Monstrous Media/Spectral Subjects explores Gothic, monstrosity, spectrality and media forms and technologies (music, fiction's engagements with photography/ cinema, film, magic practice and new media) from the later nineteenth century to the present day. Placing Gothic forms and productions in an explicitly interdisciplinary context, it investigates how the engagement with technologies drives the dissemination of Gothic across diverse media through the twentieth and twenty-first centuries, while conjuring all kinds of haunting and spectral presences that trouble cultural narratives of progress and technological advancement.
Mary Shelley’s Frankenstein is one of the most popular novels in western literature. It has been adapted and re-assembled in countless forms, from Hammer Horror films to young-adult books and bandes dessinées. Beginning with the idea of the ‘Frankenstein Complex’, this edited collection provides a series of creative readings that explore the elaborate intertextual networks that make up the novel’s remarkable afterlife. It broadens the scope of research on Frankenstein while deepening our understanding of a text that, 200 years after its original publication, continues to intrigue and terrify us in new and unexpected ways.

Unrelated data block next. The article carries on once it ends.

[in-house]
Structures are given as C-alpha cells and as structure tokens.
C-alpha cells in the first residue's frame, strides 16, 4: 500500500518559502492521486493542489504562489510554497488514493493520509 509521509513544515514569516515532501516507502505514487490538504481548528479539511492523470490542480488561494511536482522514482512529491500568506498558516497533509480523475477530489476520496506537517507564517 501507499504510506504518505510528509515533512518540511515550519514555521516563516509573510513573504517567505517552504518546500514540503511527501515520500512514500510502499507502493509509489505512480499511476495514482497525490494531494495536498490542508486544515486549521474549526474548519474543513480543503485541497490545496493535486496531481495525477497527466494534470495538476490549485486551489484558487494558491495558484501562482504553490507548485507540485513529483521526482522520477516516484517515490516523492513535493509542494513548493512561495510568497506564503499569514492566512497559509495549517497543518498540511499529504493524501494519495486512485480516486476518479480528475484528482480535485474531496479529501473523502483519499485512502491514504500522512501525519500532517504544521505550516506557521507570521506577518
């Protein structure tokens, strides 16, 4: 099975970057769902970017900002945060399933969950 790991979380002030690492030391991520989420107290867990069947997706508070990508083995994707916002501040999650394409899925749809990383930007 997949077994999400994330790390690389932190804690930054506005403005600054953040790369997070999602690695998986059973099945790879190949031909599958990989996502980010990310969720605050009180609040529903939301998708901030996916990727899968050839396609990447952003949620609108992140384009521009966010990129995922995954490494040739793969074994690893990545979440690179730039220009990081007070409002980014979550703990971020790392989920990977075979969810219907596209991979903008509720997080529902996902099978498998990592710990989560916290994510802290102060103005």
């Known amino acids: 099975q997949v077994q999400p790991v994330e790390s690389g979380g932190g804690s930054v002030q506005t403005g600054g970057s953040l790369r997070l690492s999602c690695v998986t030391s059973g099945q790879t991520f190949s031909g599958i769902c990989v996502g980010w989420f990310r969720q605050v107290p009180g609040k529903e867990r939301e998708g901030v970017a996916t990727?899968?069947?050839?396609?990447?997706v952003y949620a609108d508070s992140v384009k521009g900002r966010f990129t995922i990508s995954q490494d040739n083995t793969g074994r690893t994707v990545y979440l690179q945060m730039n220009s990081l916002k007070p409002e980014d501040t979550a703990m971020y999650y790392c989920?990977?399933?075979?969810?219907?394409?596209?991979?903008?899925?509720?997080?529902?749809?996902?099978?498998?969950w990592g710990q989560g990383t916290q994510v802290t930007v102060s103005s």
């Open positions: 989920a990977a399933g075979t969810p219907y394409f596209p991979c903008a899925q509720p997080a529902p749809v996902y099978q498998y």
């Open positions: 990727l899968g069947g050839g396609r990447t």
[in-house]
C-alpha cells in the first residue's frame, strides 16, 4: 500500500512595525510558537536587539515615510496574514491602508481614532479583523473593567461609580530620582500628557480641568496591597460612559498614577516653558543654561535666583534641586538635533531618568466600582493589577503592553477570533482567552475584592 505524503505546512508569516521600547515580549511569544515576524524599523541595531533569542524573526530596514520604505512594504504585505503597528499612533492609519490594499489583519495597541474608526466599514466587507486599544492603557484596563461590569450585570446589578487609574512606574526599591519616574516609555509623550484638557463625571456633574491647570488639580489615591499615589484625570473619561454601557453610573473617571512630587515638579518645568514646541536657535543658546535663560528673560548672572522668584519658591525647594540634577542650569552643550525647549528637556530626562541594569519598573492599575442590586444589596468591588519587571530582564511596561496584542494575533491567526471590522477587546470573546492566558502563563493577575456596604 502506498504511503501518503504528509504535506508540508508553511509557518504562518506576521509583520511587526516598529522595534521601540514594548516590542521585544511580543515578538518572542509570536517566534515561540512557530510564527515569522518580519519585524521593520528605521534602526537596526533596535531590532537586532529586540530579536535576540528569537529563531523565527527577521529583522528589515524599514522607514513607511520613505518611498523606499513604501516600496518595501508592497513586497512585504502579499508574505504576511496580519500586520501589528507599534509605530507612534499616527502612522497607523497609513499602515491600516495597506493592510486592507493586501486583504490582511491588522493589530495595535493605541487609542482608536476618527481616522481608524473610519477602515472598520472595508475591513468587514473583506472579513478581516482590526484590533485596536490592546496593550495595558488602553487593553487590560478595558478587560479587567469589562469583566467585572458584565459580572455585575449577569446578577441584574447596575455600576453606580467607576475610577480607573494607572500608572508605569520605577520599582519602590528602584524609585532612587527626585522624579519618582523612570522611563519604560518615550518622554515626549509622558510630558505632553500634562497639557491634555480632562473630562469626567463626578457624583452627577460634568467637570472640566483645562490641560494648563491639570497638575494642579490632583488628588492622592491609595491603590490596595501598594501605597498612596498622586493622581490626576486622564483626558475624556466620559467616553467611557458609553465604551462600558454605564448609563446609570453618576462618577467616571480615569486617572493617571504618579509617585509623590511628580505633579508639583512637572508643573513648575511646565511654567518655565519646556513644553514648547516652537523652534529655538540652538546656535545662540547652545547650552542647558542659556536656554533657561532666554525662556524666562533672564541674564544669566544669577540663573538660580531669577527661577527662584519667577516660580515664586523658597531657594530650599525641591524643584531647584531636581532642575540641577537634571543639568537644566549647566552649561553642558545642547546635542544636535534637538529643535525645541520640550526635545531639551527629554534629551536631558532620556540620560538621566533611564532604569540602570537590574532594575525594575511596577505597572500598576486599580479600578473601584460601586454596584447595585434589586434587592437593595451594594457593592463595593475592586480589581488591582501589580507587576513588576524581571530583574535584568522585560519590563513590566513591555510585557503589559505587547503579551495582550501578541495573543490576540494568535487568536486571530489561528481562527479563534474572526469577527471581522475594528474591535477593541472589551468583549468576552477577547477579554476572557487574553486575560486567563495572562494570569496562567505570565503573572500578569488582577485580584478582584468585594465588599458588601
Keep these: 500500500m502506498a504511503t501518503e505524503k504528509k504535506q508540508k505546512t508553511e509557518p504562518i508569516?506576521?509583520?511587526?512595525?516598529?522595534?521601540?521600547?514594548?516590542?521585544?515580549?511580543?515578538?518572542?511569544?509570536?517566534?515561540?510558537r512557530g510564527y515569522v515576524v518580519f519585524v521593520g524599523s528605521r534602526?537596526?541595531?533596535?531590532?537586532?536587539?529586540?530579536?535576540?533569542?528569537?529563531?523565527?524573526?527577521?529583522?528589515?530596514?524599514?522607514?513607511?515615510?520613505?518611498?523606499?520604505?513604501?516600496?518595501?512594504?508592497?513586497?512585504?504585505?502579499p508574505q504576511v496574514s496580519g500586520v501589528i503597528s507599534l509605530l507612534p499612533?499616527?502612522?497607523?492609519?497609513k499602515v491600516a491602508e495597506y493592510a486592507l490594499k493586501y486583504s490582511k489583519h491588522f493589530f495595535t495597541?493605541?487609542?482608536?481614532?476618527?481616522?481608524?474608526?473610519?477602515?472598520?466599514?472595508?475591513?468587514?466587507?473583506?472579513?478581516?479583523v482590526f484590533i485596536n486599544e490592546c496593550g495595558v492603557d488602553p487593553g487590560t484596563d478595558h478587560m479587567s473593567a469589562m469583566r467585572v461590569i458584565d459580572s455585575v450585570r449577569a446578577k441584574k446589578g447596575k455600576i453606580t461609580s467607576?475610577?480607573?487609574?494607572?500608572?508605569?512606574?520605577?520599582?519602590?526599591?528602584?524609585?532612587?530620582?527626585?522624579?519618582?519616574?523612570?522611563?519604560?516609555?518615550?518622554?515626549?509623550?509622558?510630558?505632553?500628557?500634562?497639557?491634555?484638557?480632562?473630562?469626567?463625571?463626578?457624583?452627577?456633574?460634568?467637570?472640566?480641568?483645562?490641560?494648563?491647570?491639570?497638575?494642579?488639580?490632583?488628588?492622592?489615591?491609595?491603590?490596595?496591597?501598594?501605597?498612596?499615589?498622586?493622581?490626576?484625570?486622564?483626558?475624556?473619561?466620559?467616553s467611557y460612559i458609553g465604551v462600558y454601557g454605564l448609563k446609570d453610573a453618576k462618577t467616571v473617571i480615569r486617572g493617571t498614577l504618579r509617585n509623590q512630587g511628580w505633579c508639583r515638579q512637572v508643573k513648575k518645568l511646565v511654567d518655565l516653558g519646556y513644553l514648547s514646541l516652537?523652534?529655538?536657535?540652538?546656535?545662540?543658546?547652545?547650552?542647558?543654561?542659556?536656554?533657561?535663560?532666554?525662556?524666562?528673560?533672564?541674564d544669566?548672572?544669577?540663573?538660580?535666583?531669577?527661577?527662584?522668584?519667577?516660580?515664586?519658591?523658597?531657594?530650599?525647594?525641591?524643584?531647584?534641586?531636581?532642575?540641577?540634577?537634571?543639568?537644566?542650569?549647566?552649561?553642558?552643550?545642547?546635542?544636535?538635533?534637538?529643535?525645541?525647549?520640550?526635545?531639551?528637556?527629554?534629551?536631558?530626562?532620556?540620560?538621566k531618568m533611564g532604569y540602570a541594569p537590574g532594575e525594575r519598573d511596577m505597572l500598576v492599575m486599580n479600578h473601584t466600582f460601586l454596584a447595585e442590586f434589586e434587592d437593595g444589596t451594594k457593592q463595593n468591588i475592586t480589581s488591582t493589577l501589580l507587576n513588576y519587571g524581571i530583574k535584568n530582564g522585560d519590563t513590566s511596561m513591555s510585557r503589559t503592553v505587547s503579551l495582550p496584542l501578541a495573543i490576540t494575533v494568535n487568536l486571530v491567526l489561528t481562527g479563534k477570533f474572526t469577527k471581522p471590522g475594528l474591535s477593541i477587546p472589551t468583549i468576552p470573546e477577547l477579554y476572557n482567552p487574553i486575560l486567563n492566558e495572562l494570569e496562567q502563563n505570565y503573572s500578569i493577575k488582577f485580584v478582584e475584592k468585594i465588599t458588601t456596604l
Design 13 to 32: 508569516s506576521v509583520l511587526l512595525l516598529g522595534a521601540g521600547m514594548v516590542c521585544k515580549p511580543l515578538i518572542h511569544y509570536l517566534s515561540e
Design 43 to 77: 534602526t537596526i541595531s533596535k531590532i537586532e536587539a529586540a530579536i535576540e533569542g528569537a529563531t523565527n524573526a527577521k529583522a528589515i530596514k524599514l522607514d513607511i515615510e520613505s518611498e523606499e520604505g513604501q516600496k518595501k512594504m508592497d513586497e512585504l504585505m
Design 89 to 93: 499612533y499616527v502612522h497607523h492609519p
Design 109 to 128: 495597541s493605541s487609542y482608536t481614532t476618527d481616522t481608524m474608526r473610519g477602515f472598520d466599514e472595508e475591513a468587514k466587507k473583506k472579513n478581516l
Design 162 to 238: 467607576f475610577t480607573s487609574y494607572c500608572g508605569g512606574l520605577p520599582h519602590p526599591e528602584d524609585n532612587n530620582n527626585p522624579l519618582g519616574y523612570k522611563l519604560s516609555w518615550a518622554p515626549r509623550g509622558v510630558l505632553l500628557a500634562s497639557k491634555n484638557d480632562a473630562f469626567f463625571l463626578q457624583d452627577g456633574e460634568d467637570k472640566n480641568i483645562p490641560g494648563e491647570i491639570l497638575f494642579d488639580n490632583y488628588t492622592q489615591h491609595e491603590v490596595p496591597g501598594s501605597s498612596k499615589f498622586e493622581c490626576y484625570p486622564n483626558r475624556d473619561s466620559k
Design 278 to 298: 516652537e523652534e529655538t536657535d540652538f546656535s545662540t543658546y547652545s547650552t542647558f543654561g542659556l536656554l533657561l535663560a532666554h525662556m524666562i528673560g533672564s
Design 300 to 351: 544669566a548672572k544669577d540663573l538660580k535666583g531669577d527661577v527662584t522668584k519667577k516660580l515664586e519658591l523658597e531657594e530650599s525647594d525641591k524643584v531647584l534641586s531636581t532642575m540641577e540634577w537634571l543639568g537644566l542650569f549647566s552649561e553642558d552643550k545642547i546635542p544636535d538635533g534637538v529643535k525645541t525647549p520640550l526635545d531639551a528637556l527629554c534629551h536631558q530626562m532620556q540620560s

Technologies and the Biomedicalisation of Everyday Activities: The Case of
Walking and Cycling’ , Sociology
Compass , 8 : 4 ,
Couldry , N.
Mejias , U.
A. ( 2019 ), ‘ Data Colonialism:
Rethinking Big Data’s Relation to the Contemporary
Subject’ , Television & NewMedia , 20 : 4
Mega-events and mediatisation: between old
The social history of mega-events such as Olympic Games and Expos over the
course of the modern period reveals how much they have been altered by and
have adapted to changing social contexts during the last century or more (Roche
2000). However social change ‘does not sleep’. It is evidently dynamically present
in the social world of our current late modern period, and it will influence the
nature and production of mega-events as we move forward in the twenty-first
century. To approach an understanding
A S THE OTHER CHAPTERS in this collection attest, the chilling tale which Mary Shelley concocted on a dark night in Switzerland in 1816 has maintained a narrative urgency through the intervening centuries, its afterlife sustained through adaptation and transformation via the dominant and/or cutting-edge technologies of each era. This long history of adaptation has continued into newmedia platforms, creating opportunities to consider how the themes of the novel interact with notions of hybrid
up within itself,
matter. They are a part of what gets symbolized, and how. To explore
changing narrative formations developing in relation to newmedia might
thus offer insights into the cultural significance of contemporary processes
of automation transforming the temporal and spatial dimensions of
What previously was a representational culture of narrative, discourse and
the image which the reader, viewer or audience encountered in a dualistic
relation, now becomes a technological culture. Culture is comprised no